Laureation Address – Professor Paul Muldoon

Wednesday 20 June 2012

Professor Paul Muldoon
Honorary Degree of Doctor of Letters

Laureation by Professor Don Paterson
School of English
Wednesday 20 June 2012

Professor Paul Muldoon

Vice-Chancellor, it is my privilege to present for the Degree of Doctor of Letters, honoris causa, Professor Paul Muldoon.

Paul Muldoon was born in 1951 in County Armagh, Northern Ireland, and educated at Queen’s University, Belfast. Since 1987 he has lived in the United States, where he is now Howard GB Clark ’21 Professor at Princeton University, and Founding Chair of the Lewis Center for the Arts. He has held the post of Professor of Poetry at Oxford, and since 2007 has been poetry editor at The New Yorker.

The poet called Paul Muldoon seemed to spring fully-formed from the womb. His first collection, New Weather – published when he was still in his very early twenties – displayed a wholly original style: playful, yet serious; skeptical, yet open-hearted; knowing, yet open-minded, with each poem working its way to an often literally breathtaking conclusion. But what was most remarkable about these poems was the depth of their integration, the total interdependence of their parts, the way in which every word seemed attuned and alive to every other word.

Muldoon’s poetry often embraces the conditional mood as if it were a kind of credo; matters are pursued, but rarely settled. In its complexity and rich allusiveness, it has sometimes been described as ‘difficult’ – but Muldoon’s poetry reflects a life in which we can know nothing but the meaning we create for it. Meaning, in this work, often arrives in the form of profound and unsuspected connection. This project is continuous with his own remarkable technique: Muldoon has invented new kinds of metaphor; he has reinvigorated old forms; he has been the first poet for many decades to do anything genuinely original with rhyme – which he treats as a method of almost mystical interrogation, of drawing his own poetry from the shadows. All Muldoon’s formidable craft is placed in the service of a kind of ‘doctrine of signatures’, where shared motifs are revealed between two apparently disparate elements or unrelated events, throwing new and strange light on them both.

For all its artful obliquities, his work has never shied away from addressing difficult subjects, including The Troubles: indeed one might argue that his conditional stance reflects a principled refusal to be drawn into the premature judgment or caricature of an intractably complex situation. In these poems, Muldoon has made some of the wisest, most nuanced and subtle responses of all his compatriots.

Muldoon was an old master by the age of thirty; what, exactly, that makes the later Muldoon is hard to say, since the precedents for such high artistic accomplishment are few. Critics tend to reach too readily for Yeats, though it is the Joycean path that Muldoon has followed just as keenly. That is to say he does work on the language, not just within it. Muldoon is no mere experimentalist, however; his experiments are too successful. In showing new ways in which words can be turned, he has increased the expressive possibilities of our human speech. For that reason, Muldoon is quite simply one of the most influential poets of the age.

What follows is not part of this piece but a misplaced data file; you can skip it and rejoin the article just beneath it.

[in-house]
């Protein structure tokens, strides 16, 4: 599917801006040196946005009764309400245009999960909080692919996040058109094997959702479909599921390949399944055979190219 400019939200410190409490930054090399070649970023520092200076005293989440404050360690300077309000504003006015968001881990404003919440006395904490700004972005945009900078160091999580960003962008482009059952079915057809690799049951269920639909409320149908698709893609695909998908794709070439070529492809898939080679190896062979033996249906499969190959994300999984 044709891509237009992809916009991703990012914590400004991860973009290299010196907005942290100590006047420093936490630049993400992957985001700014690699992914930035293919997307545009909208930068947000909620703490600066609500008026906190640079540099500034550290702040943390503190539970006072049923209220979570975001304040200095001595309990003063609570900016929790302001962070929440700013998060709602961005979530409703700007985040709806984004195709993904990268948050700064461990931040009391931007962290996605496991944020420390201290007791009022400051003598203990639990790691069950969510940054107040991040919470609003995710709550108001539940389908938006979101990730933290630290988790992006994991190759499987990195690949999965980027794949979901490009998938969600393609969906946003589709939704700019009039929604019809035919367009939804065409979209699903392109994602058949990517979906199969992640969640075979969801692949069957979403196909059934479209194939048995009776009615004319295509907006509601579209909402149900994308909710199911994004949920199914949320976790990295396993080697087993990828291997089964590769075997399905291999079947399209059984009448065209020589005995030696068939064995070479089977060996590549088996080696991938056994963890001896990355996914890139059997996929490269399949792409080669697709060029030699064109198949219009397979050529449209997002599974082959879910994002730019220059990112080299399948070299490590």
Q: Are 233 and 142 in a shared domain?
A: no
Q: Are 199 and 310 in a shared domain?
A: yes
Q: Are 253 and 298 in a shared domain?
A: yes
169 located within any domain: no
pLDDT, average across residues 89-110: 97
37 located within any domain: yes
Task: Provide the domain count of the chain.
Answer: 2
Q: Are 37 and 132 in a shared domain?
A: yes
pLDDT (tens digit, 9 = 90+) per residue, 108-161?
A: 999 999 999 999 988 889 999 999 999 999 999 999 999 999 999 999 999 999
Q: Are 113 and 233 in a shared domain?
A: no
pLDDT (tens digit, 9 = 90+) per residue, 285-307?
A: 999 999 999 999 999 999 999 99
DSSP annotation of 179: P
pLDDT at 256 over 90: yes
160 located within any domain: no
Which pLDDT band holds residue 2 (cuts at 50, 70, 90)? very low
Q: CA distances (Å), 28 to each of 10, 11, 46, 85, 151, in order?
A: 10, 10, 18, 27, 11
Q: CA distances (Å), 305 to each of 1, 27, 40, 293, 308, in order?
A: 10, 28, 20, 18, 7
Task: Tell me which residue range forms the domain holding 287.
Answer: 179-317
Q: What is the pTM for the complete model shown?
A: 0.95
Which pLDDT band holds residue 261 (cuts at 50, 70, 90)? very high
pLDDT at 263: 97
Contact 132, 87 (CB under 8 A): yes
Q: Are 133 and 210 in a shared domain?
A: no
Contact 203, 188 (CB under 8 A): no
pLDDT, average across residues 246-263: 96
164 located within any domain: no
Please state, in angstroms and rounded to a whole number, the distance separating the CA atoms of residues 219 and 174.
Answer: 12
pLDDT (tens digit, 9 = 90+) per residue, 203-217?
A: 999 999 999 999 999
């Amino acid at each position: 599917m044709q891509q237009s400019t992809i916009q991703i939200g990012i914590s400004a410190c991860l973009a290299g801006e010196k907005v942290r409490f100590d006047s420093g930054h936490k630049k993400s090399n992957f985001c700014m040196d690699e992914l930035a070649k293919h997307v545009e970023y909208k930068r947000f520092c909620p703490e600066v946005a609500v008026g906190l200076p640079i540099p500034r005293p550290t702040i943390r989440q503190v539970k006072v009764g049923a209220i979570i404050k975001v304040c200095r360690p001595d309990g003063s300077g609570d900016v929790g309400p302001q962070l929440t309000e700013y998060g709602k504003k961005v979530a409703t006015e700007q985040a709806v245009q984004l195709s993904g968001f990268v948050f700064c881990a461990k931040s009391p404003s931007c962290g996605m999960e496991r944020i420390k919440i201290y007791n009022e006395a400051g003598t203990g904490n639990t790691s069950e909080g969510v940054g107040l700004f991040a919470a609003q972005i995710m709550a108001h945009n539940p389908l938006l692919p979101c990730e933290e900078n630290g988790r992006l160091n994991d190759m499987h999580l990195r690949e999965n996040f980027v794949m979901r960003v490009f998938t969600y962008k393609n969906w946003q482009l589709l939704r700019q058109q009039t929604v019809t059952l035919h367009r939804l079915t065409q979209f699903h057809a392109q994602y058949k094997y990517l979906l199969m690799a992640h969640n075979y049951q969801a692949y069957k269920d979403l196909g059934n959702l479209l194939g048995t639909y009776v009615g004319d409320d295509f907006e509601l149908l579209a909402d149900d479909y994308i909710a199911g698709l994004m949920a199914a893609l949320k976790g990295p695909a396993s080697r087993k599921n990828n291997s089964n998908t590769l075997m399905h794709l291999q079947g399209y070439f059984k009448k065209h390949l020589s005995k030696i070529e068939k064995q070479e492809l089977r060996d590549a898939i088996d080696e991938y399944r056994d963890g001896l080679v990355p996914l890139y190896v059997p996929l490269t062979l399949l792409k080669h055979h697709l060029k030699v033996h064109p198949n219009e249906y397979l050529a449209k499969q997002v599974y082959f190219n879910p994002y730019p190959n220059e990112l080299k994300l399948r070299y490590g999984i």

He has also distinguished himself as a critic – and one every bit as subversive and original as he is a poet. His Oxford lectures, collected as The End of the Poem, are joyous, brilliant performances, forming chains of association to link texts in ways we could not have suspected; typically, they also make us reexamine the very form of the academic lecture itself. In Muldoon’s hands, it is subjected to a kind of controlled explosion.

Given his immaculate ear, it is no surprise to discover that music has always played a large part in Paul’s life. As a librettist, he has collaborated with the composer Daron Hagen on several operas; he has written songs with the late Warren Zevon; and he is definitely the only Irish poet to have had a song recorded by Bruce Springsteen. He has also performed as a guitarist with his own band, Rackett, alongside other Princeton colleagues, playing music they have described as ‘three-car garage rock’.

Since this laureation could have been composed of a list of Muldoon’s awards and honours alone, I will mention only a few: he is a Fellow of the Royal Society of Literature, and a Member of the American Academy of Arts and Letters; his work has been the recipient of the T S Eliot Prize, the International Griffin Prize, the Shakespeare Prize, and the Pulitzer Prize for Poetry. We are extremely proud to add another honour to that long list.

Vice-Chancellor, in recognition of his remarkable contribution to the poetry of the English language, I invite you to confer on Professor Paul Muldoon the Degree of Doctor of Letters, honoris causa.

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